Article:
From the September 2020 Desktop News | Asmara Lehrmann is deeply connected to all sides of her identity. A PhD student in geology at The University of Alabama with a passion for paleontology and climate change, her geologist father and Indonesian-immigrant mother both influenced the path she’s on today.
“My mother’s family lives in Jakarta, which is a city on the coast that’s actually subsiding,” Lehrmann said. “The city is literally sinking, the sea level is rising, and I would often see how the monsoon season would just destroy areas that weren’t built to withstand it. The urgency of studying sea level and impacts from storms, it really spoke to me.”
Lehrmann was drawn to UA after meeting Dr. Rebecca Minzoni, an assistant professor in the Department of Geological Sciences. She joined Minzoni on the Gulf of Mexico to study the paleorecord in sediment cores from Mobile Bay, and how it possibly records the severity and frequency of hurricanes. Lehrmann then dove into Antarctic research at Thwaites Glacier, and her latest venture as an organizer for the grassroots network Polar Impact ties directly into that.
Founded in 2019 by Prem Gill, a first-generation British Punjabi Sikh Cambridge University student, Polar Impact’s mission is to create a supportive network for racial and ethnic minorities in the field of polar research. It started as a Twitter page highlighting BIPOC figures doing polar research. Gill reached out to Lehrmann to feature her, and Lehrmann immediately knew she wanted to get involved.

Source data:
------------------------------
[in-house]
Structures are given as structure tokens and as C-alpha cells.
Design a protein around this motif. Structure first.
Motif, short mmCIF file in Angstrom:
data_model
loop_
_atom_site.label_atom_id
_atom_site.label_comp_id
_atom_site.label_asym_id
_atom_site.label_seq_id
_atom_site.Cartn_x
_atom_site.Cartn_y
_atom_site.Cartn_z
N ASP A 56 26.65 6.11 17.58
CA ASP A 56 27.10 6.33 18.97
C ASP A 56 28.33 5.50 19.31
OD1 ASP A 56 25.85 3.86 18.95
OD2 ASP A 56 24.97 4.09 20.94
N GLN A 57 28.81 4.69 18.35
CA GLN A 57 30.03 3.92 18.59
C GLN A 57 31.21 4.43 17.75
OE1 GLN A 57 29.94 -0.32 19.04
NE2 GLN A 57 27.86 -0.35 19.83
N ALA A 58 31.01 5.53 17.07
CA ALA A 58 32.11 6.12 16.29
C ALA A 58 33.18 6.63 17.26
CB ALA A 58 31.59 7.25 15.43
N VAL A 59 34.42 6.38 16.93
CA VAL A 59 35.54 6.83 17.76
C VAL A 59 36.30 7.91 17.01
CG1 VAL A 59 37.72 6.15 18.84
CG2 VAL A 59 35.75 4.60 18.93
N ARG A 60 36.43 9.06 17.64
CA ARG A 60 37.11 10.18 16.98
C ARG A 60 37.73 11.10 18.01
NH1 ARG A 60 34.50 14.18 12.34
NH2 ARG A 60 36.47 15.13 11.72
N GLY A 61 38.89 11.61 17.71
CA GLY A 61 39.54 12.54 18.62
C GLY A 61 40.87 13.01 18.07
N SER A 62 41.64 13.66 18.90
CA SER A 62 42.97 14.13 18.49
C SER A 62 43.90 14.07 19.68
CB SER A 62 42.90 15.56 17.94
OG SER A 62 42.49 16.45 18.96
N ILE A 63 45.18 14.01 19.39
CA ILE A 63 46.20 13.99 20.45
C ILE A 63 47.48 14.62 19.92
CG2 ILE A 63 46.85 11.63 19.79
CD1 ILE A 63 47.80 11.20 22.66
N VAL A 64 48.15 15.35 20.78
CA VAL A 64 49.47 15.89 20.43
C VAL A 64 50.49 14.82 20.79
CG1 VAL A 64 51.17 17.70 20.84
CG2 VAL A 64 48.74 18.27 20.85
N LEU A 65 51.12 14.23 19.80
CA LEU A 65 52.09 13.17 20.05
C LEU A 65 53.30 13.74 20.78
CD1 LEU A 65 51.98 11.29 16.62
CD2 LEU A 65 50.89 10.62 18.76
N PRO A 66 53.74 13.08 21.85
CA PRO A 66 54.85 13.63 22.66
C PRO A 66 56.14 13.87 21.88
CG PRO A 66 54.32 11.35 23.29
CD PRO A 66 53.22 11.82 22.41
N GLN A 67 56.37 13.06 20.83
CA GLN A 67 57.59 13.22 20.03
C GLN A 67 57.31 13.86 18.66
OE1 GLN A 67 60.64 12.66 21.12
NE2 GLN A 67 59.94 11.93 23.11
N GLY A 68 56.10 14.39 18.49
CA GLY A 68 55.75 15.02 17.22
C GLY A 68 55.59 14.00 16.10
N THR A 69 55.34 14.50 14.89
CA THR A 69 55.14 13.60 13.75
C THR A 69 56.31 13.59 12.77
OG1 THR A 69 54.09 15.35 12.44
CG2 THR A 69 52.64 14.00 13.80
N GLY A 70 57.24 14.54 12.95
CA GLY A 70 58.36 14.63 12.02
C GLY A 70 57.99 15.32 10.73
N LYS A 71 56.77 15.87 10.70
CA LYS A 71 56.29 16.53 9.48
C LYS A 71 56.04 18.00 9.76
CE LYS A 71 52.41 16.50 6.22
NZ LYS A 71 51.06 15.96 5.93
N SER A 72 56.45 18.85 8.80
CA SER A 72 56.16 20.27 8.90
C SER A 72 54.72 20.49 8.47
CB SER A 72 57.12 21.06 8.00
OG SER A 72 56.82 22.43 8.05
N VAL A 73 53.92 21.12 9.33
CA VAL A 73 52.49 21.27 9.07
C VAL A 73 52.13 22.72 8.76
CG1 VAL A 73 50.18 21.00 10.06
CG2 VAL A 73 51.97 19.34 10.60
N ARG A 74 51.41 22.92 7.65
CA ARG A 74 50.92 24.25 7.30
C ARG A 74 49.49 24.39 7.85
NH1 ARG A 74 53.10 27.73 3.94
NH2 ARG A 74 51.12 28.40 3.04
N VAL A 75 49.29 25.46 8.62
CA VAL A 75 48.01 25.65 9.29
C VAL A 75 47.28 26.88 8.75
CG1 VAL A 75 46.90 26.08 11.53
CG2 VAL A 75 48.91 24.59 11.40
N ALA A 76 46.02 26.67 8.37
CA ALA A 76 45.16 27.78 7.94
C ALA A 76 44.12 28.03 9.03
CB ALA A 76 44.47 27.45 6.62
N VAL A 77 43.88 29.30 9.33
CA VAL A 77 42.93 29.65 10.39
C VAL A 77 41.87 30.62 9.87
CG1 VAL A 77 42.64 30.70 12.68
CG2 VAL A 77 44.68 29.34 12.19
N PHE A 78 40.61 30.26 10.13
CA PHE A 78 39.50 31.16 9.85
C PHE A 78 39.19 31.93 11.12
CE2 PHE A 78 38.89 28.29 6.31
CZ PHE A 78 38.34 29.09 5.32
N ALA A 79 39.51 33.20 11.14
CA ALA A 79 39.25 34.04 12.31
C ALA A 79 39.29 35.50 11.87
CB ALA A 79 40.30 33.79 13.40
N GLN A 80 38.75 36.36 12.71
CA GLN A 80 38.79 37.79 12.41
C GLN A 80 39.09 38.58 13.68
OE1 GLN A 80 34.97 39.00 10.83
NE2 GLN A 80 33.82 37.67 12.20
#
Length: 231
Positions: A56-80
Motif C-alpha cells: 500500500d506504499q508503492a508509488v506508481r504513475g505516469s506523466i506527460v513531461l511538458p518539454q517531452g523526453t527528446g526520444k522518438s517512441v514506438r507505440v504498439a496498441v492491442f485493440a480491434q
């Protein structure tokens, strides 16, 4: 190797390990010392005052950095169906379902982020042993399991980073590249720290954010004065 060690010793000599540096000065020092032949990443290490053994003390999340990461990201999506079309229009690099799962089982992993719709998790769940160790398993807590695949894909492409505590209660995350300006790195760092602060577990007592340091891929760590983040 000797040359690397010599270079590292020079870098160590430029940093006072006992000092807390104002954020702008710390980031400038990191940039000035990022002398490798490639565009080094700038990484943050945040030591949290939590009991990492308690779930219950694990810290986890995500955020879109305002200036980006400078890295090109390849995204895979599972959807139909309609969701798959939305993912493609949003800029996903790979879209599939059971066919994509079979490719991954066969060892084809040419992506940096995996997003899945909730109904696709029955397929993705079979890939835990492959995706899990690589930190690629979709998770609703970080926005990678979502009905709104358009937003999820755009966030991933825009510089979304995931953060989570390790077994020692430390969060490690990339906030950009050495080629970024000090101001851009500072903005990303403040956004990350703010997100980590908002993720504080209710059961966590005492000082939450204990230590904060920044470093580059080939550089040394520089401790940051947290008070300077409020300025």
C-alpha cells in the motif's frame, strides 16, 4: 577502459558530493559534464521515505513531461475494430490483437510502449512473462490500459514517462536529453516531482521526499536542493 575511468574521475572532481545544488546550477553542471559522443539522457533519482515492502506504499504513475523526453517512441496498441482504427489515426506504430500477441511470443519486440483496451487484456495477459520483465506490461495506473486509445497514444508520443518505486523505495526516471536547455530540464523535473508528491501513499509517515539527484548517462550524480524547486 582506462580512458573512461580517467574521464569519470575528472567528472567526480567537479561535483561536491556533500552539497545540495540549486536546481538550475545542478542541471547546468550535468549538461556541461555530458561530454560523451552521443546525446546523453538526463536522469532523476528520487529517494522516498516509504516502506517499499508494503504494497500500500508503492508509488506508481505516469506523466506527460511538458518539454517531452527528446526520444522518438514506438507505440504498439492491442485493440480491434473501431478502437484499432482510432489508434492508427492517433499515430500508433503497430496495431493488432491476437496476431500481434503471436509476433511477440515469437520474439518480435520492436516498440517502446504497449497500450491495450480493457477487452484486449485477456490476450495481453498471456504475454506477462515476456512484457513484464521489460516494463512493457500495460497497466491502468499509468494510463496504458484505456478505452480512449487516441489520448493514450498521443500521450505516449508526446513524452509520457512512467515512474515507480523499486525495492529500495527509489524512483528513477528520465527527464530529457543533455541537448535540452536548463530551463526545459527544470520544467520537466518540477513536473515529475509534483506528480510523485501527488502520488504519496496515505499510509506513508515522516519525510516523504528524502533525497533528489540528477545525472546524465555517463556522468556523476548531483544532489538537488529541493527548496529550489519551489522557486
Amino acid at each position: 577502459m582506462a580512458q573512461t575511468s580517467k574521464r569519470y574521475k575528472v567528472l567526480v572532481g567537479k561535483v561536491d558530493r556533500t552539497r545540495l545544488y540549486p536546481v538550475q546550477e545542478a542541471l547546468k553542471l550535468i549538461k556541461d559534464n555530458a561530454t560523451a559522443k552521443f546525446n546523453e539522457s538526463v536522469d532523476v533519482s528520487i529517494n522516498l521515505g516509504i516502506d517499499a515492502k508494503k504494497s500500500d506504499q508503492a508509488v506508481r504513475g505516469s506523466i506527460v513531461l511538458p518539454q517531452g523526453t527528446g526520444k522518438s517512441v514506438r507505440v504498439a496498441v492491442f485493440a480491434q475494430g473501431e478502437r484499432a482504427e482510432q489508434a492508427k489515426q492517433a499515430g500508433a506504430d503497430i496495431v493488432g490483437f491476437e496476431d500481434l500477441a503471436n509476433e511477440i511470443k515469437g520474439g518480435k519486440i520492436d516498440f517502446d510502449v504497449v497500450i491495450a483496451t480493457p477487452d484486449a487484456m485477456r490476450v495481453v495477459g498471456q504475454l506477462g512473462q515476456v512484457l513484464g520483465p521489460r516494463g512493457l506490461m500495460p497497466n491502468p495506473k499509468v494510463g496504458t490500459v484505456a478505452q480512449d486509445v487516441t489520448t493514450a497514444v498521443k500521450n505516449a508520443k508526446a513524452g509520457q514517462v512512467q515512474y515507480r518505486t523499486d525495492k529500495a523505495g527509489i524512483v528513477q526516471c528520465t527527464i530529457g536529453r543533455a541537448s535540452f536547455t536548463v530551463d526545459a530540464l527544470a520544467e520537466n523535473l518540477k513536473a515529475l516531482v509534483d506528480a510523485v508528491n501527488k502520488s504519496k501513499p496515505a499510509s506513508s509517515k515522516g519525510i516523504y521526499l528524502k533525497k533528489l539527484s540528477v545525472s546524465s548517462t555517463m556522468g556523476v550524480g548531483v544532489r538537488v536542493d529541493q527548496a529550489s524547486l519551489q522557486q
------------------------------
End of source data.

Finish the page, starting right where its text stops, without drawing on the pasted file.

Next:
The volunteer-run organization still operates through its Twitter account, but it is also expanding to offer a vast collection of resources. The team recently built a resource package for National Minorities Mental Health Month, and they are working on National Geographic Kids-inspired features on polar researchers for K-12 teachers to print and distribute to their students.
One of Lehrmann’s foci is including historic BIPOC (Black, Indigenous, people of color) in the features to challenge the idea that Antarctic researchers and explorers are only white males.
“Look at me—I don’t fit the historical image,” Lehrmann said. “I want to show that in history, these BIPOC people—even though their voices were overshadowed by others leading expeditions—they did have influence in polar research, especially the Indigenous folks in the Arctic.”
With members across continents, Polar Impact is a completely virtual project. However, it has already received an influx of donations, and the organizers have been invited to talk at several conferences. Through this, they hope to fund new projects and reach more people.
“Diverse backgrounds are really essential for studying global climate change to have different perspectives,” Lehrmann said. “I hope Polar Impact can become a safe space for people of color to come together.”